I love microphones. I love them so, so much. It is a love buried so deep within that I can’t remember a time in which they didn’t hold an overwhelming fascination for me. That and the buttons on pay phones, but that’s another story.
What is it that makes me love them so? That super satisfying “puh” sound they make when you say a word with a “p” in it? The shiny, tidy little silver squares marching across the top? The smooth heavy weight of them in your hand? The sizzle when you turn them on?
Nah, I’m pretty sure it’s the attention. When you have a microphone in your hand, you’re super loud and everybody pays attention to you. Oh yes, I’m quite the little attention hussy. Me, me, me!!!
As a result of this dismal lack of sound transmission capability, I was forced to turn to the beater thing.
I know the beater thing sounds like some kind of torture device, but in actual fact, it was a wire whisk. A wire whisk that in my hands became a magical silver tribute to the microphone that should have been there. Though not nearly as satisfying as a real microphone, it made a fair substitute and definitely added something to the melodious “Yeah-yeaaaaah-oh-yeaaaaaaaaaahyeaaaaaahyeaaaaah”s that I regularly belted out to embellish the songs on the Kenny Rogers Christmas Album. I really can’t explain why I listened to the Kenny Rogers Christmas Album all the time, but I did. On my Mom’s flat silver tape deck on the floor of the kitchen. Maybe it was the only tape we had? I really hope so, because the idea that I was truly enjoying the Kenny Rogers Christmas Album really bothers me.
Anyway, now that I’ve explained my deep love and affection for all things attention and microphone, I’m sure you will understand my irrational behavior when I was actually given the opportunity to be around a real one as a child.
It was around Christmas time when I was three years old, or so the story goes…
I was in the church Christmas pageant, along with the rest of my Sunday school class. The beautiful, beautiful microphone was eye level, and practically sang “Hallelujah” every time I looked at it. Having appointed myself the star of the show, it was only natural for me to assume that I, and only I, belonged in front of that microphone. So naturally, as was my right as the star of the show, I grabbed it out of its stand at a tasteful and appropriate time during the first song.
Unfortunately, there are some people in this world that like to tear you down. “Haters,” I believe, is what the kids are calling them these days. This night was no exception. A certain “hater,” and I won’t name names, dared to remove the microphone from my happy little hands. Not only that, but she then raised it up and out of the reach of my flailing chubby arms. Honestly, what an outrage!!! The star of the show, albeit self-appointed, not having unfettered access to the microphone? Unheard of!!!
Well, no self respecting diva would stand for that. And I, my friends, even at such a tender age, was a self respecting diva. I began jumping, trying to reach the microphone. It was too far away. No! Nooooooo!!! I needed help. I couldn’t do this on my own. “Mom! Mom!!!! I can’t reach the beater thing!!! I can’t reach the beater thing!!!!!!!!!!!” I screamed in desperation, knowing that help would soon arrive to save it from the little black half-circle prison commonly known as a mic stand. But no help came. My own Mother, rather than rushing to my aid, just sat there in her chair and looked embarrassed… My own Mother. Unbelievable. Realizing that I was on my own, I continued jumping, desperate to reach it. It was no use. My sparkling silver friend was impossibly far away.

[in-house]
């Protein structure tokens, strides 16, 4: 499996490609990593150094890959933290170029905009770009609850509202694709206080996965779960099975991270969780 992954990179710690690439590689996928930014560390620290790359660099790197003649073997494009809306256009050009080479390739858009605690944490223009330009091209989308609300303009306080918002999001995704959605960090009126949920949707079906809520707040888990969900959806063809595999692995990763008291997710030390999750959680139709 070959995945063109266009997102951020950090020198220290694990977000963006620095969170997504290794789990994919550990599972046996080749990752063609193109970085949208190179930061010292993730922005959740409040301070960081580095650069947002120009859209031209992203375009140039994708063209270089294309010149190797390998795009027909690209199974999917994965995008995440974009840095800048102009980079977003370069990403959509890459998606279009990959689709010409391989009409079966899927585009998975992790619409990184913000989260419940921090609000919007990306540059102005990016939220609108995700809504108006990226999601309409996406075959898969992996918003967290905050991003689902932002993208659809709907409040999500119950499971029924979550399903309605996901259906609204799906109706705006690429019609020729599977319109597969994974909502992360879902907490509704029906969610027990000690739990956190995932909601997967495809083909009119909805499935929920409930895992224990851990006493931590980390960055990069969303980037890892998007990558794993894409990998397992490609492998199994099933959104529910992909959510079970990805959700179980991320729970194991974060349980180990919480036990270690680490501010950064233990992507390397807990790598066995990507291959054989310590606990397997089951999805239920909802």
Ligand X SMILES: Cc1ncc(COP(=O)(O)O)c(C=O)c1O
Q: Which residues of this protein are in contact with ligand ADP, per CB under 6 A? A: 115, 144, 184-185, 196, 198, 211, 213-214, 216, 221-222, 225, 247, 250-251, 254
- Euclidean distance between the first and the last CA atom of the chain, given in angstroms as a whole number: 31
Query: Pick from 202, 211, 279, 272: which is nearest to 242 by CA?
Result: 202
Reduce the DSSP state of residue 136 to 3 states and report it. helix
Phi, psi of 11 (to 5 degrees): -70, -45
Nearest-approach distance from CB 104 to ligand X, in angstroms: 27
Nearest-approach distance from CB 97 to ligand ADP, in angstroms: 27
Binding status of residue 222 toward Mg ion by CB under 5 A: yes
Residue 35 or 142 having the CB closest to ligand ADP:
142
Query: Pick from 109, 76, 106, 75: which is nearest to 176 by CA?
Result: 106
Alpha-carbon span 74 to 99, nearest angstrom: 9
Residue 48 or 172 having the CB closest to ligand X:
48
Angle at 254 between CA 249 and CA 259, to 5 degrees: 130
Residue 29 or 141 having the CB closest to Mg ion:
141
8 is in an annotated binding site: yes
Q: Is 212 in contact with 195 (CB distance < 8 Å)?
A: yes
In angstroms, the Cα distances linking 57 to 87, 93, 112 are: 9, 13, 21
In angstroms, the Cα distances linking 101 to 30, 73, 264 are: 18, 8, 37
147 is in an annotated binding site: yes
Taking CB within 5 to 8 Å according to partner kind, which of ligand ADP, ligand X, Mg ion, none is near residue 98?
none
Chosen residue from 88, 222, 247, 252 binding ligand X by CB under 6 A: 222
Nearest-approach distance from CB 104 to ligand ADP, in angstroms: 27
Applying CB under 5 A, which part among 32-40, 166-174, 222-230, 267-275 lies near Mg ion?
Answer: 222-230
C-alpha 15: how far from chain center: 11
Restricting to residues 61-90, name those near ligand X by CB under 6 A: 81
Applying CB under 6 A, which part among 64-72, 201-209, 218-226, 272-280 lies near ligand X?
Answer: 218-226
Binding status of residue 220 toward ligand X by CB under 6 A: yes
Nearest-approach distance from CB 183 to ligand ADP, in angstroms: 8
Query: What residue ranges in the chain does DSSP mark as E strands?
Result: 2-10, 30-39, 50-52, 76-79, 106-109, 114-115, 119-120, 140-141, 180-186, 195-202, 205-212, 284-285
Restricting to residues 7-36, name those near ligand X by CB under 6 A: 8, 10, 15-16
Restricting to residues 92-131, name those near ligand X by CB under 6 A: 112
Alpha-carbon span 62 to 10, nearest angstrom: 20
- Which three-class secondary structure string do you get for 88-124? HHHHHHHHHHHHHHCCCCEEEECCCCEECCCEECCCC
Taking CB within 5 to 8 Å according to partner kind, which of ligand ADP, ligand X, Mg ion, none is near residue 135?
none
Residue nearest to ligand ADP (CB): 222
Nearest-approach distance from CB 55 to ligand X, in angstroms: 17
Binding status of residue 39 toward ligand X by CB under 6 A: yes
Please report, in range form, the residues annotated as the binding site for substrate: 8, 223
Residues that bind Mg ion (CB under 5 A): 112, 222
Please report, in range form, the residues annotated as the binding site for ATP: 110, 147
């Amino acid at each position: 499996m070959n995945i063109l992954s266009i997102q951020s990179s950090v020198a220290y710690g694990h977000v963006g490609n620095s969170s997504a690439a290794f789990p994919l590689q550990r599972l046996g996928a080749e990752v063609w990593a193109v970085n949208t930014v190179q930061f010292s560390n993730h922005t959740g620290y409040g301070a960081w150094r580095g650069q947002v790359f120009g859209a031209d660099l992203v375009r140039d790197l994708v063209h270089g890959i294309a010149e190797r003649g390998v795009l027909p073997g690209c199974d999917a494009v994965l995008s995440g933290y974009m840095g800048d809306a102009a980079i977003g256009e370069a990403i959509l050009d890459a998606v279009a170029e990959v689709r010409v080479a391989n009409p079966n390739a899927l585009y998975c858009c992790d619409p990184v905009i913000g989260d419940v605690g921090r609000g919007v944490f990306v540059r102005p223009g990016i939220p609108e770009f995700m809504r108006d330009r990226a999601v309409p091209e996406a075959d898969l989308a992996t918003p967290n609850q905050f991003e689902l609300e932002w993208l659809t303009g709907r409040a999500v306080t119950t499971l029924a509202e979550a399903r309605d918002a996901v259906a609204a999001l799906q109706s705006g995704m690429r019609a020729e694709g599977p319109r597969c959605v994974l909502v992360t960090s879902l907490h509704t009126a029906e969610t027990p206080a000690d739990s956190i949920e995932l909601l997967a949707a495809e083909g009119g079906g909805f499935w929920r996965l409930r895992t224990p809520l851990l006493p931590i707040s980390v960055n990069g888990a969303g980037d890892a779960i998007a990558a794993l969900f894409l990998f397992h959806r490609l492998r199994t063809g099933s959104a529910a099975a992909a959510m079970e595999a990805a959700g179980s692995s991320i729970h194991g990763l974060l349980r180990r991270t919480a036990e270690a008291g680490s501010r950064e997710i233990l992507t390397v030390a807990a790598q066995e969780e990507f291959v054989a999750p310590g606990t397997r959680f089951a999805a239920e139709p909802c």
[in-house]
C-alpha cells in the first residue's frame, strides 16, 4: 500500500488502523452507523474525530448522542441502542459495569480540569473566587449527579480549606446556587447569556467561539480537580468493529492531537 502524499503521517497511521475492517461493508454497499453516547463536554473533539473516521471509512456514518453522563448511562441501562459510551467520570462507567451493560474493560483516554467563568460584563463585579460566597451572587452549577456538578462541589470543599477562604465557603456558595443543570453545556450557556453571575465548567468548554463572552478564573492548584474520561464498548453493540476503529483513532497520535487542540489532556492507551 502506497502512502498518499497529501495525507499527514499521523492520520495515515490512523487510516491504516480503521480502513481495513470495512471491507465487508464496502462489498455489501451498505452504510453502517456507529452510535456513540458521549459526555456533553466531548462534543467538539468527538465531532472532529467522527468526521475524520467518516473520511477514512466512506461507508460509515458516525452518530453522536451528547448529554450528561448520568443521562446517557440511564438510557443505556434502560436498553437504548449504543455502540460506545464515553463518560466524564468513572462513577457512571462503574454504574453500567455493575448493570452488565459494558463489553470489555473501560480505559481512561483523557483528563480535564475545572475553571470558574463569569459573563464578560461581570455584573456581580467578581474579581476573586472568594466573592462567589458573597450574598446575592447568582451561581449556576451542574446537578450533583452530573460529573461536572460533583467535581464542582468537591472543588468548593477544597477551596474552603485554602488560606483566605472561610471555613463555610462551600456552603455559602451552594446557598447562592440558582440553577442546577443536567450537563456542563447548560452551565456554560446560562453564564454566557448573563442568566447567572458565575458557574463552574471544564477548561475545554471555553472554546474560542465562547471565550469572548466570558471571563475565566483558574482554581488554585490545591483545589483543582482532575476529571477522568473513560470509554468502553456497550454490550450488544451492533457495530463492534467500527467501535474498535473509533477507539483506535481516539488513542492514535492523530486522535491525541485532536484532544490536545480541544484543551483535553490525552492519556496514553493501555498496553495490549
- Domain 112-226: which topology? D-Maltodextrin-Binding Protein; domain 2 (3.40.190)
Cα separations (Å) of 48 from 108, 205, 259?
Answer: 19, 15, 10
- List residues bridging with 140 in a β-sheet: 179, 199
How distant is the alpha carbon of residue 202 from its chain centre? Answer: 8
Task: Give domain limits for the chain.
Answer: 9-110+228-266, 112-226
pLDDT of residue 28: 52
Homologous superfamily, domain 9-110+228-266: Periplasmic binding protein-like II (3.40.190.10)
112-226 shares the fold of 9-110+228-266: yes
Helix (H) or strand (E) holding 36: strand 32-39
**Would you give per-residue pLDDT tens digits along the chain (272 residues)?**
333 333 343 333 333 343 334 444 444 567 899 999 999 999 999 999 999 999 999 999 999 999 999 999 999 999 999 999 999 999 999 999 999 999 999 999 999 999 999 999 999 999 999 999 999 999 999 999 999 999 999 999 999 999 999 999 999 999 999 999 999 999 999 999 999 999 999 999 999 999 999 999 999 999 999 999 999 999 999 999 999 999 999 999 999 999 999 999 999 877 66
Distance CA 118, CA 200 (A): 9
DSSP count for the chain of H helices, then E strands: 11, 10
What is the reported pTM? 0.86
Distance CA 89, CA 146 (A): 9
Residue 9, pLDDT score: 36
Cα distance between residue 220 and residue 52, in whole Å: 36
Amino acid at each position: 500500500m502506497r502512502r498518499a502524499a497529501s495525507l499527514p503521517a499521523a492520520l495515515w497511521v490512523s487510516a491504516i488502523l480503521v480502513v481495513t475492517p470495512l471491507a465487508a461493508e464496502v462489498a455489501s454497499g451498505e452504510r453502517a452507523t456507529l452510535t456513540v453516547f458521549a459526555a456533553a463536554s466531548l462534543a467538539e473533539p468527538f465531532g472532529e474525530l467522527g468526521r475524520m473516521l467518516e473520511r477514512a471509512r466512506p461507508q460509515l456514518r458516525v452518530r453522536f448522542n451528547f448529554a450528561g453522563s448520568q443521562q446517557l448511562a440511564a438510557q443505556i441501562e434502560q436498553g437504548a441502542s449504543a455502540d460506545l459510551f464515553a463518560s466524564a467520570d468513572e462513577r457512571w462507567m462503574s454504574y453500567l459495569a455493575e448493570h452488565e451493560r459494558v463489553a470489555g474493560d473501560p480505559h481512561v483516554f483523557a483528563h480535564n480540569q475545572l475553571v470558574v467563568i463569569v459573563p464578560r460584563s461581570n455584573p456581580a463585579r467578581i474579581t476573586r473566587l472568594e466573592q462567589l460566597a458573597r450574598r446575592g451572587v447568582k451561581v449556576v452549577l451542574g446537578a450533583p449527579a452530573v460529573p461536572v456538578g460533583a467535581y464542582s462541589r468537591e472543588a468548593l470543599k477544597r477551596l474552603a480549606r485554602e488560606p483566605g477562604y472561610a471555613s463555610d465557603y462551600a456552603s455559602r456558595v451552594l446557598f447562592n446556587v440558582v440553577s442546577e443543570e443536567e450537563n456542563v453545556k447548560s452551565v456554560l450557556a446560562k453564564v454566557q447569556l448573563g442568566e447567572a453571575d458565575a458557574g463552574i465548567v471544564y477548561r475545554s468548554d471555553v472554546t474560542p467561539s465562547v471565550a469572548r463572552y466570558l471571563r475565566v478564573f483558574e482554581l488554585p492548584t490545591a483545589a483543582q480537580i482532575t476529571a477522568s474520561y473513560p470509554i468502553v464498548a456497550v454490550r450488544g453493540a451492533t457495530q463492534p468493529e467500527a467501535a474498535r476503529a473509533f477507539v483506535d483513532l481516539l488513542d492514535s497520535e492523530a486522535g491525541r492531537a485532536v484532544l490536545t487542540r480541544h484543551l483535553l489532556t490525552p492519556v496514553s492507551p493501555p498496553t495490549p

Would I admit defeat and fall back in line with the other children? No, a star never admits defeat. A star holds her head up high, and when she notices her father arriving late to her show, takes the opportunity to welcome him in a fashion becoming the father of said star.
When I spotted him, I stopped my jumping, waved, and happily called out, “Allen! Allen!!!” (a star is also far too cool to refer to her father as “Dad”) before I ran down to greet him as everyone waited for me to return to the stage. Oh, don’t worry, the show did go on. Eventually. And I’m sure it was amazing… Or at least, I can reasonably assume that it was.
Yes, the microphone. Forbidden, but irresistible. I would feel badly about “ruining” the Christmas pageant, but really… When one spends hours of her childhood pretending that a wire whisk is a microphone then a real one is placed in front of her, what would you expect? For her to just sit by and “share” the thing with the other kids? I think not. My poor Mom… You can still hear the embarrassment in her voice when she tells the story. I’m sorry Mom, but fame has a price, and in this case it was the complete an utter humiliation of the person that gave birth to me.
I wish I could say that I’ve grown out of my little obsession, really I do… But I’m starting a podcast and attempting stand up comedy, so…
I can’t help it! There is just something about the sound of my own voice that makes me happy (as anyone who has met me knows), and the light that winks at me off the beautiful curves of a microphone, well, it will never cease to be magical.
I hope you all have an unbelievably wonderful week, and may the mic stands of your life always be within reach.